On Wed, 15 Jun 2005, Joshua Halpern
I have a feeling that a large fraction of the people who talk about computerization projects really don't know very much about what they are talking about.
We are careful enough that this happens quite rarely and we have always found, sooner or later (and not much later), the mis filed files.
I was quite impressed, in my amateur readings of ancient history that very large stories were handed down through the generations, verbally, word for word, sentence by sentence by pure memory. Some 11,000 (?) lines of The Oddessey (a kings return and his adventure from the Trojan War) and 14,000 (?) lines of The Illiad (about the Trojan War, 1200 BC) were all poetry, and the credit for writting it all down went to Homer in ~800 BC. Sounds incredible, but another reference called attention to some woman, memorizing a religious piece and then saying all of some 12,000 lines without error in front of an audience sometime about 100 years ago says that this was possible. Another history book on the peoples in middle age Scandinavia says how a king would sellect people who would memorize, word for word, all of the laws of the land and be responsible (and paid) for the job of being a human repository for this knowledge when it was needed. They had a total of three people who did this in case the memory of one of them made an error. In ancient mesopotamia, they went farther. Castle tax records going back thousands of years BCE show that records of all manner were kept on clay tablets (up to 40,000) and survive today.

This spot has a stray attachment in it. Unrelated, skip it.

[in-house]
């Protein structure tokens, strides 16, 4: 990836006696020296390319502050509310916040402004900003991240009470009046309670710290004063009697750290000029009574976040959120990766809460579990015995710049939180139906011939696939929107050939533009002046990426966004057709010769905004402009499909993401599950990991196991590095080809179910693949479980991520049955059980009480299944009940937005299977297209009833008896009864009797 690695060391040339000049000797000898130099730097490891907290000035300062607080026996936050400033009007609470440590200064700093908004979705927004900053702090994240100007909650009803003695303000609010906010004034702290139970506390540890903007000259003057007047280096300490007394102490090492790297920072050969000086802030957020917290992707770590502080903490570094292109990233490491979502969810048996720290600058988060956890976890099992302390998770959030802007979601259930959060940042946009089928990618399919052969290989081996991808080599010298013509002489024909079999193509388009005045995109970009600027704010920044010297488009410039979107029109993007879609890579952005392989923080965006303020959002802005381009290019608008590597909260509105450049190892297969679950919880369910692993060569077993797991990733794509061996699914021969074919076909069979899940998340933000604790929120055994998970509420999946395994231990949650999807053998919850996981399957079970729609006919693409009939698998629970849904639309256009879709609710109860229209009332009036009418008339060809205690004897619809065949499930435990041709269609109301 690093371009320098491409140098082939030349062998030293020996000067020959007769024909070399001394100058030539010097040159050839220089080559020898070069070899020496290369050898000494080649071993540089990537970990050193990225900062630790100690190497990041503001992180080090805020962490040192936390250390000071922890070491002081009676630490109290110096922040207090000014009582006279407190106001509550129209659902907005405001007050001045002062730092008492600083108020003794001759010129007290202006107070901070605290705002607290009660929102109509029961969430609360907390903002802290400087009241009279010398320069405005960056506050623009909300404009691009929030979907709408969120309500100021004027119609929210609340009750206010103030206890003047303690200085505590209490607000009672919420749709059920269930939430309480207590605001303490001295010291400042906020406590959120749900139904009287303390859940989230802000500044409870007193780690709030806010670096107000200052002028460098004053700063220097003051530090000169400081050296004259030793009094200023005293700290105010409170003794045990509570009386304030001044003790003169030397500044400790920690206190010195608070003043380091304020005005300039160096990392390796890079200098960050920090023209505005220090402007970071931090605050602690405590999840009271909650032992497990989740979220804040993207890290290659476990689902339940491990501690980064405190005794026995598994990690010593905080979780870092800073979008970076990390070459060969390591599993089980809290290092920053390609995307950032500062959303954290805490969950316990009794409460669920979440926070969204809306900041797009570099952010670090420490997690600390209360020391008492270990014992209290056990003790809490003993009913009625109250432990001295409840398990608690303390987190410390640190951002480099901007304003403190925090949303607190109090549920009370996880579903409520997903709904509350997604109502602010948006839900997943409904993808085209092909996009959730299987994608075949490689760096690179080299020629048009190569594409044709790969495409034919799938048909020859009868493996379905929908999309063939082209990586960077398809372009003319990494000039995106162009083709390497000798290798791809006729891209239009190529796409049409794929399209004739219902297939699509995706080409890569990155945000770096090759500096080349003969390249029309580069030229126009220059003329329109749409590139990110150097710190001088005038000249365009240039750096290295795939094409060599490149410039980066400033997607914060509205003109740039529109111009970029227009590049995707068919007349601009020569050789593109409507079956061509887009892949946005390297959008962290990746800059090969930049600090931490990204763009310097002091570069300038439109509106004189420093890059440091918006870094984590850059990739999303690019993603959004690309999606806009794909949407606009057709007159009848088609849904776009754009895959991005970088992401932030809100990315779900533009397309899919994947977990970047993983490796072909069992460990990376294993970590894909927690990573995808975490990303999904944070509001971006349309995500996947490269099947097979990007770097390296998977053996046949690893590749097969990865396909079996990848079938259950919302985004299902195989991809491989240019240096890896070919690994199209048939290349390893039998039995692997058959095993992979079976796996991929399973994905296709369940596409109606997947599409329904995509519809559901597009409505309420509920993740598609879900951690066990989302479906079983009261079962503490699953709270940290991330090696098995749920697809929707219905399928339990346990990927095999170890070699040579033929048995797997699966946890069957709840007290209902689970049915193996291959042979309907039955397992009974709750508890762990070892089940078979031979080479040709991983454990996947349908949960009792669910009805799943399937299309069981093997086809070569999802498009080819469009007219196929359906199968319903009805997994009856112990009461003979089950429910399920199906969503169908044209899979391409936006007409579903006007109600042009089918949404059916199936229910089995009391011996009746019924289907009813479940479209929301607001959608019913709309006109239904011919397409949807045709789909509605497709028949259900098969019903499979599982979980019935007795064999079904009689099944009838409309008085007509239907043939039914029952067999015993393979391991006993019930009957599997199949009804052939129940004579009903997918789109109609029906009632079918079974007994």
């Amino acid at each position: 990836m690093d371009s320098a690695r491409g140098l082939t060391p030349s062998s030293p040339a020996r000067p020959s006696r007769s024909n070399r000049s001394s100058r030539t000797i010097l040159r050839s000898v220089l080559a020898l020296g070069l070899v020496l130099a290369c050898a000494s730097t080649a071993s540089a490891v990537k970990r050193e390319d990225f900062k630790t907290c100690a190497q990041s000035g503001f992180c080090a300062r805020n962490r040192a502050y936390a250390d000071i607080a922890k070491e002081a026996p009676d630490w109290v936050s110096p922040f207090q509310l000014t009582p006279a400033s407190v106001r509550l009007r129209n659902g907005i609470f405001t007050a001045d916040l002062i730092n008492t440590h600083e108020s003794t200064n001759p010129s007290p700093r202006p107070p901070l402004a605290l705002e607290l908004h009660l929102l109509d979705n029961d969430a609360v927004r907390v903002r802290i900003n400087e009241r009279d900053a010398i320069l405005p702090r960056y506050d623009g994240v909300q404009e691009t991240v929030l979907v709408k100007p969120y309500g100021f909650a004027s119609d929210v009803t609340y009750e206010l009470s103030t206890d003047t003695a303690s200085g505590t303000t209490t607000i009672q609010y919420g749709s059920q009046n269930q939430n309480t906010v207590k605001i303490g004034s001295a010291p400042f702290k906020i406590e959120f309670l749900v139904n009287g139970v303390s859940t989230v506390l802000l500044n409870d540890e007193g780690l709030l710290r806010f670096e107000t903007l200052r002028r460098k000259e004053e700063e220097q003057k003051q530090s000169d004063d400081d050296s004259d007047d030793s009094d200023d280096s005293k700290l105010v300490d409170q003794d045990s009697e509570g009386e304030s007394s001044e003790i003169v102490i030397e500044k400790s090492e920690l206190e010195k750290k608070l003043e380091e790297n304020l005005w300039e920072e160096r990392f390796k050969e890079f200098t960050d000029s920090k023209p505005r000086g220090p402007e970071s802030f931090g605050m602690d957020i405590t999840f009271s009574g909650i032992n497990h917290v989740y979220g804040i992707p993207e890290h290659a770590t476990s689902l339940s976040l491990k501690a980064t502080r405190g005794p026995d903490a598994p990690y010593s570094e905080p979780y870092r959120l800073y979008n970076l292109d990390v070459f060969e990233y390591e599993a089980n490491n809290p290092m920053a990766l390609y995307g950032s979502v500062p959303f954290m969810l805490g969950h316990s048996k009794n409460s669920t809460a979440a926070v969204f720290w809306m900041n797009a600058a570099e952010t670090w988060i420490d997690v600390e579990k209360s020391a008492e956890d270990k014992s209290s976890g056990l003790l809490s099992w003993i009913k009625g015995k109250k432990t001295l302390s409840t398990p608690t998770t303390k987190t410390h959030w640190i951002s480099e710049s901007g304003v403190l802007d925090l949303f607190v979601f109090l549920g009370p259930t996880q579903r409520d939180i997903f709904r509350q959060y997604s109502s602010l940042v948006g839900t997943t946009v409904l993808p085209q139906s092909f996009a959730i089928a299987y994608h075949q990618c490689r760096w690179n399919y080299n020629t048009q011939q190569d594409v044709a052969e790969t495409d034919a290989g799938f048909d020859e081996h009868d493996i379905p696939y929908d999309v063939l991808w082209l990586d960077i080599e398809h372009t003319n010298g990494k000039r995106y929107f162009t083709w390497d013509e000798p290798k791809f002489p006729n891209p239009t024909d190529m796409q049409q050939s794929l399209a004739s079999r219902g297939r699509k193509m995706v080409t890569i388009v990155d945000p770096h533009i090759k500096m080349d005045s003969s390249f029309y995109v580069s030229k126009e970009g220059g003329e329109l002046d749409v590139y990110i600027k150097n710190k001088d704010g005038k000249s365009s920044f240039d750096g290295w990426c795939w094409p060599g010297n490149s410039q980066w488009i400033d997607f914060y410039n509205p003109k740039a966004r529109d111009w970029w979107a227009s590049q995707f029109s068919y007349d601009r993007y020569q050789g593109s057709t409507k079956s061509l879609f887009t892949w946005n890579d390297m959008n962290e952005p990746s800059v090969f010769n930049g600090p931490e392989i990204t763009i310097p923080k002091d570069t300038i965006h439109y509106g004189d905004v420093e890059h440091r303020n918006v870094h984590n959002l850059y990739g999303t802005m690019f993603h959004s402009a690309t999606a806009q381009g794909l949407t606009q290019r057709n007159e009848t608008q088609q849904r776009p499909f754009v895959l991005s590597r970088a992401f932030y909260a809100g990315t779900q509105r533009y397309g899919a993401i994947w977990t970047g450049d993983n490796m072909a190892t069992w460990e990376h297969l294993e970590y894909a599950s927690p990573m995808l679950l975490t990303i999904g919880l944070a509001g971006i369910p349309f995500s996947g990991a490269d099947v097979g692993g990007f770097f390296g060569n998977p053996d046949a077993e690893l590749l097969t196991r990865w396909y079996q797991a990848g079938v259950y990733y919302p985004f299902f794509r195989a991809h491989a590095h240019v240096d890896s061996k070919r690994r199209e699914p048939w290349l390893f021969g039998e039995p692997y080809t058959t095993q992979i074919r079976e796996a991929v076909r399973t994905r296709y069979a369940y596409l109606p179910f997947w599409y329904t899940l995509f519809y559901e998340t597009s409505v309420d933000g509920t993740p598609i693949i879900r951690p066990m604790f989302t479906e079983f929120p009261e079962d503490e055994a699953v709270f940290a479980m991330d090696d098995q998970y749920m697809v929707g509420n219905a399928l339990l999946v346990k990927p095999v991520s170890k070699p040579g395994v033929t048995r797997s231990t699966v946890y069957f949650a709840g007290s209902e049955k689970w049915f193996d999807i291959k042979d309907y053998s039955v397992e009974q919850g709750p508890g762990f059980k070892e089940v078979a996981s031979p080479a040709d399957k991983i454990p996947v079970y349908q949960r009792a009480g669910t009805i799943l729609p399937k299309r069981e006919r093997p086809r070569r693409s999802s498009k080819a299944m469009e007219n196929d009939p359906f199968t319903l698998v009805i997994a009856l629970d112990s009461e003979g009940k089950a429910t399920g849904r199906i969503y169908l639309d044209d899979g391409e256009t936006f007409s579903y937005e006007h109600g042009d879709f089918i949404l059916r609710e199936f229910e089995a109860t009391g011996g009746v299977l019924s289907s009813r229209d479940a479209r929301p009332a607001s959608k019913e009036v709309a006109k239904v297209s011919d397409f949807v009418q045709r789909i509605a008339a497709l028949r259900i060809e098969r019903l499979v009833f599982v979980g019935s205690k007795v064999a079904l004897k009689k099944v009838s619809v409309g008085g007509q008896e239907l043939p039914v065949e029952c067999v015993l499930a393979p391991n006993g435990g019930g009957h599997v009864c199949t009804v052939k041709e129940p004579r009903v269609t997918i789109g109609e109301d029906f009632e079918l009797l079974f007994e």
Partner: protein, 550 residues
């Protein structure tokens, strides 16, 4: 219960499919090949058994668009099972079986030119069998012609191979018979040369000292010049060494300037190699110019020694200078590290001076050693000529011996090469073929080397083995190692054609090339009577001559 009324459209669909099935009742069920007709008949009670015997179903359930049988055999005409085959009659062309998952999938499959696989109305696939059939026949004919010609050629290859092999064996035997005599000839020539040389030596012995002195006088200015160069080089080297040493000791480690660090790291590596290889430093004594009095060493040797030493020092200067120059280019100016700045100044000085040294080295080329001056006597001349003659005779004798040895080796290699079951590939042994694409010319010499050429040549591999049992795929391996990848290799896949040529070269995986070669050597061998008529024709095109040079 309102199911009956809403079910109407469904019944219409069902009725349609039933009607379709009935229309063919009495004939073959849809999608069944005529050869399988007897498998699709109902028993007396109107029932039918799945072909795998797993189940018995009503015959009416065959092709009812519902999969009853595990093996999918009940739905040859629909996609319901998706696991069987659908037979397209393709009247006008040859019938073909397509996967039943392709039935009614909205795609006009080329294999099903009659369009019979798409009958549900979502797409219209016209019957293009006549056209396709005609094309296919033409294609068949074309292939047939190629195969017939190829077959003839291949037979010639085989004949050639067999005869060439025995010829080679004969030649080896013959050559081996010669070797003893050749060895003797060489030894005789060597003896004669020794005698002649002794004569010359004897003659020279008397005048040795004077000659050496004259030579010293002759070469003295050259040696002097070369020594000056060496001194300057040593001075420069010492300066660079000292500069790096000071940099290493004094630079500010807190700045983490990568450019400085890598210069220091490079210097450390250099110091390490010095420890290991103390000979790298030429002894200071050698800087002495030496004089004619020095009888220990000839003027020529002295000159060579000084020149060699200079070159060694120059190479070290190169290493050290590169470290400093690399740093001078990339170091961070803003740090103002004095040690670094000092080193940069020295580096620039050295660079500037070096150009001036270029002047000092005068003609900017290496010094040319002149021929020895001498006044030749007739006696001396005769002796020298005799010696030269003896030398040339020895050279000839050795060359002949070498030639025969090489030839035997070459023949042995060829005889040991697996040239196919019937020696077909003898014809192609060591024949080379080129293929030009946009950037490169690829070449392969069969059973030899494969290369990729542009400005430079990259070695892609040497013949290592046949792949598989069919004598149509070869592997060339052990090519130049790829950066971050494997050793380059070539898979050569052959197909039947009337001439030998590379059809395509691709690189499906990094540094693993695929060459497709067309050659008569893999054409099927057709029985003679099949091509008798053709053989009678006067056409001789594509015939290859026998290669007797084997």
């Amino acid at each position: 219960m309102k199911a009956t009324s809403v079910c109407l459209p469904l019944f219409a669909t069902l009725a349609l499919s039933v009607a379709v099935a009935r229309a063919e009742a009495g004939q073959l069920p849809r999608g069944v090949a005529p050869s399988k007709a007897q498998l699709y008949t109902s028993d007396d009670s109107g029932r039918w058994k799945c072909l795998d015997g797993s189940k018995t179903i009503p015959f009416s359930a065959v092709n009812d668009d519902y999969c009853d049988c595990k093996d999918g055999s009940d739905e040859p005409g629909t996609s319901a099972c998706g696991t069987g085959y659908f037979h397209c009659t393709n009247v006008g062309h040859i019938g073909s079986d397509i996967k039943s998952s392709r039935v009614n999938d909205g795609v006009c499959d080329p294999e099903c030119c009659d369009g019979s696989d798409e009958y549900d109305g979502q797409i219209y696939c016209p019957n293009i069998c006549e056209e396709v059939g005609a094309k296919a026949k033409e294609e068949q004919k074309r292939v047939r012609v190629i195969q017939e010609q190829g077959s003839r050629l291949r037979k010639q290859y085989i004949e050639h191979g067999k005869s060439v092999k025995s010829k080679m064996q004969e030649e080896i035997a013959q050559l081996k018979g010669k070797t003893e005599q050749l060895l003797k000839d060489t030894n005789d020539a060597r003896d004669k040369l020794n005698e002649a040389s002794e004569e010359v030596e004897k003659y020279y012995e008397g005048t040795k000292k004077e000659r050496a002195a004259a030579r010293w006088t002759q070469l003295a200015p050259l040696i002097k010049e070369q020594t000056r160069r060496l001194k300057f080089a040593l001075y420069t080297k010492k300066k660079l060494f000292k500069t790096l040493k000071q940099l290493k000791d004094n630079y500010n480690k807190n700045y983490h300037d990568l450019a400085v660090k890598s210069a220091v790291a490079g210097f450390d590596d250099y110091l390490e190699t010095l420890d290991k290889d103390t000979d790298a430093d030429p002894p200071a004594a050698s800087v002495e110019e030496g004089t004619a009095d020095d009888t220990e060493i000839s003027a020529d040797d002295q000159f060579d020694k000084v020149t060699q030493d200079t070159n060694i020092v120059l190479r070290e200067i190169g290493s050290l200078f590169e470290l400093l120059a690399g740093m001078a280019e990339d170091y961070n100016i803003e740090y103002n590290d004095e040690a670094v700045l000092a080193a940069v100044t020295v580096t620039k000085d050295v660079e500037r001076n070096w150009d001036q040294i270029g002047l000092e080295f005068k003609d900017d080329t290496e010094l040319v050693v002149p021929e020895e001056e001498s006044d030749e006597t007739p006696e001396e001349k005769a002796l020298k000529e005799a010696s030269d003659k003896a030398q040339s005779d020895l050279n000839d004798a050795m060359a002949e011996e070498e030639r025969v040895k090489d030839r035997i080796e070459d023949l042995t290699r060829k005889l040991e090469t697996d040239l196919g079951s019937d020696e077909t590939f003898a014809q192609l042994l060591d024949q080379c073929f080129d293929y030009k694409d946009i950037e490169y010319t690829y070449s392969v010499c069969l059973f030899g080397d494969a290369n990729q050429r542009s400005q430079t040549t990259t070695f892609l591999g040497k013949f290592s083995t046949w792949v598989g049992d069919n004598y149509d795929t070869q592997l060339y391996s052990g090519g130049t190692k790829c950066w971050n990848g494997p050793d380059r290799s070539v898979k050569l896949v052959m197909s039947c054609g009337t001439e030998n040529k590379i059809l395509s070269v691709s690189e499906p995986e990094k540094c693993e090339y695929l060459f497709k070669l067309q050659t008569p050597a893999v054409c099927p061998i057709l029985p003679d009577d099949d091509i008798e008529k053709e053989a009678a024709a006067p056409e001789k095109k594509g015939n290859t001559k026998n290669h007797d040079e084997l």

By the way, I have a large file on HIPAA (1-1-2" thick). Just recently, I found a document relating to HIPAA and what it tells me is that HIPAA is almost totally useless except to legitamize legal processes in connection with law enforcement AND communicating your medical details all over the damned place including the databases. The one item possibly of use to the serfs and peasants is that insurance companies can't make a condition of paying benefits the release of therapy note information to the insurance company. However, in carrying out legal process, they can get this information simply by subpoena. I see other loopholes.
Getting back to the mis filed files, I'm getting the impression that people (in addition to the increase in cheating, lowering standards, grade inflation, etc., that a lot of us have been talking about) are getting more lazy and not being serious about actually using, developing, and strengthening their memorization abilities. Society seems to be expanding the use of modern technolgy as a crutch rather than a error-correction aid. I'm also going to be interested to see if hackers get in and create some errors in medical records, or threaten to, to extort for money or just create mischeif.